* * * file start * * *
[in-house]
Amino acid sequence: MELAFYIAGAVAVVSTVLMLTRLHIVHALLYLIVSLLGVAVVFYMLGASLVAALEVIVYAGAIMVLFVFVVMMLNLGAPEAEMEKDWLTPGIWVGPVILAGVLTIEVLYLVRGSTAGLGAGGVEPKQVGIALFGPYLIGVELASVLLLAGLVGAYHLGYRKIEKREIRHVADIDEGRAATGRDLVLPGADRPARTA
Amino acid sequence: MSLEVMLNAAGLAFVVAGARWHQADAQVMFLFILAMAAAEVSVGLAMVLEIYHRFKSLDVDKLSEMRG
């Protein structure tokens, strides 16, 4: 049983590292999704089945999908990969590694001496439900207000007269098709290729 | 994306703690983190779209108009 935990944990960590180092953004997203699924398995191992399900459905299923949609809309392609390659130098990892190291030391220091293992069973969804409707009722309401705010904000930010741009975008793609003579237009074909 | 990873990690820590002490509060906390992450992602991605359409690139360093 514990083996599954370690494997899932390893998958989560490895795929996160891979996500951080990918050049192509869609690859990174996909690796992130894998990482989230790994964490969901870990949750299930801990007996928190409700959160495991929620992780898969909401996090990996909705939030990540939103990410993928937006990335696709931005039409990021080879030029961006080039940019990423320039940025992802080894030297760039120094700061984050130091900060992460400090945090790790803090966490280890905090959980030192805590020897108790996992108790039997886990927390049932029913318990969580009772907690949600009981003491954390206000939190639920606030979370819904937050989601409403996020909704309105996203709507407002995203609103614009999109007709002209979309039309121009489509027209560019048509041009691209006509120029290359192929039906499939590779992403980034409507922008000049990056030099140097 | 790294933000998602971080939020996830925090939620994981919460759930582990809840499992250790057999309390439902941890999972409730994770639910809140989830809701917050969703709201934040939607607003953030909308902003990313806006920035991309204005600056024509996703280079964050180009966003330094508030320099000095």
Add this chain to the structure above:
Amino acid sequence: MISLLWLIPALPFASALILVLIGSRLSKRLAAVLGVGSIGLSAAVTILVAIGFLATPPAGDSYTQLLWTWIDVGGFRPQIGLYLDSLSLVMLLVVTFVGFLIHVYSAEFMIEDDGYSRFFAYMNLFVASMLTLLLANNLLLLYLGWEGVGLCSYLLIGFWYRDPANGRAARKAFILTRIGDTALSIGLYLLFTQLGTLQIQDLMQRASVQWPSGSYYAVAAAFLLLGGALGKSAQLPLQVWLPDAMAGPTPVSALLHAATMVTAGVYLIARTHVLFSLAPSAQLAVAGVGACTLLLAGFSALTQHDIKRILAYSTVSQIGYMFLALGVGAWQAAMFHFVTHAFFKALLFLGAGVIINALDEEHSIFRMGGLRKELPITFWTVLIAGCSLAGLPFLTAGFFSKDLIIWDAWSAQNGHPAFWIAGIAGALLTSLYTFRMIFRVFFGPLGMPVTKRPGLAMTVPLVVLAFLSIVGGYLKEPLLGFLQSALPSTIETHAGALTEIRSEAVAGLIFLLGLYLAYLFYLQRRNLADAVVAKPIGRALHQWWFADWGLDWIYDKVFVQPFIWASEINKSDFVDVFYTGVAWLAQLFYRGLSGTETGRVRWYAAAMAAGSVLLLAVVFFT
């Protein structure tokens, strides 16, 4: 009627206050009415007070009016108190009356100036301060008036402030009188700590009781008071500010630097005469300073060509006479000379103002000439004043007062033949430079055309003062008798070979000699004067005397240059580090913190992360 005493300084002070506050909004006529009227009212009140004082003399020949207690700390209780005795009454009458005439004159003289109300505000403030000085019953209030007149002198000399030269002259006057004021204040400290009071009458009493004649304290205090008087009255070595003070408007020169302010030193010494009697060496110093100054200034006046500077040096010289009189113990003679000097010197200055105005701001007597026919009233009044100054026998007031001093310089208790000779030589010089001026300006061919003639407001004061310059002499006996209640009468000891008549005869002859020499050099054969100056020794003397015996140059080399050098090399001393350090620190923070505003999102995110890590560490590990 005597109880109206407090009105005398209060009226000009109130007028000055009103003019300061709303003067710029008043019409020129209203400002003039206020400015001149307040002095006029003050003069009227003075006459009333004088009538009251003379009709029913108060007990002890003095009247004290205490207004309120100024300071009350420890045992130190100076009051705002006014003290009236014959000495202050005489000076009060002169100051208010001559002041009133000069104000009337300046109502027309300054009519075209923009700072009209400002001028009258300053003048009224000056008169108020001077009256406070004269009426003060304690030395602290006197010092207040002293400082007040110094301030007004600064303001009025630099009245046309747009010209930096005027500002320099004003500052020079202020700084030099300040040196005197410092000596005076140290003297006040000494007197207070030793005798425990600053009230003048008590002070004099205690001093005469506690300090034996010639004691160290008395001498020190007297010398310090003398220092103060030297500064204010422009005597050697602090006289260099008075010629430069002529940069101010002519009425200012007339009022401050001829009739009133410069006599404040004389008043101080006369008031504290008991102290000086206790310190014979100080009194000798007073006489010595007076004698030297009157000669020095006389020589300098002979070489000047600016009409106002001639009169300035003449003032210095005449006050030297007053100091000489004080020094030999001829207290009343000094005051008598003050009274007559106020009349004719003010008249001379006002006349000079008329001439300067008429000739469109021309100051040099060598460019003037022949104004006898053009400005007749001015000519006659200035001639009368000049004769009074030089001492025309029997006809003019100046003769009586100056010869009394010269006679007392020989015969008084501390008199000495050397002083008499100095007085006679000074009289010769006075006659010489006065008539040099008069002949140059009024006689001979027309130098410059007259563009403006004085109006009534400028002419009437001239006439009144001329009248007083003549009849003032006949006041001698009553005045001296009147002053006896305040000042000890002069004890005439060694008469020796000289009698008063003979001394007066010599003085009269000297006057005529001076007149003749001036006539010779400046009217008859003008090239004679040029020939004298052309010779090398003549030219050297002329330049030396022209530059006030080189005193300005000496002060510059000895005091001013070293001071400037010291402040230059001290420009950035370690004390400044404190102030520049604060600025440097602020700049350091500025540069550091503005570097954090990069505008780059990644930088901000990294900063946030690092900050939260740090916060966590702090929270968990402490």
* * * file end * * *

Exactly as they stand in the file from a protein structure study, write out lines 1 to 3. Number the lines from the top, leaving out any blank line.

[in-house]
Amino acid sequence: MELAFYIAGAVAVVSTVLMLTRLHIVHALLYLIVSLLGVAVVFYMLGASLVAALEVIVYAGAIMVLFVFVVMMLNLGAPEAEMEKDWLTPGIWVGPVILAGVLTIEVLYLVRGSTAGLGAGGVEPKQVGIALFGPYLIGVELASVLLLAGLVGAYHLGYRKIEKREIRHVADIDEGRAATGRDLVLPGADRPARTA
Amino acid sequence: MSLEVMLNAAGLAFVVAGARWHQADAQVMFLFILAMAAAEVSVGLAMVLEIYHRFKSLDVDKLSEMRG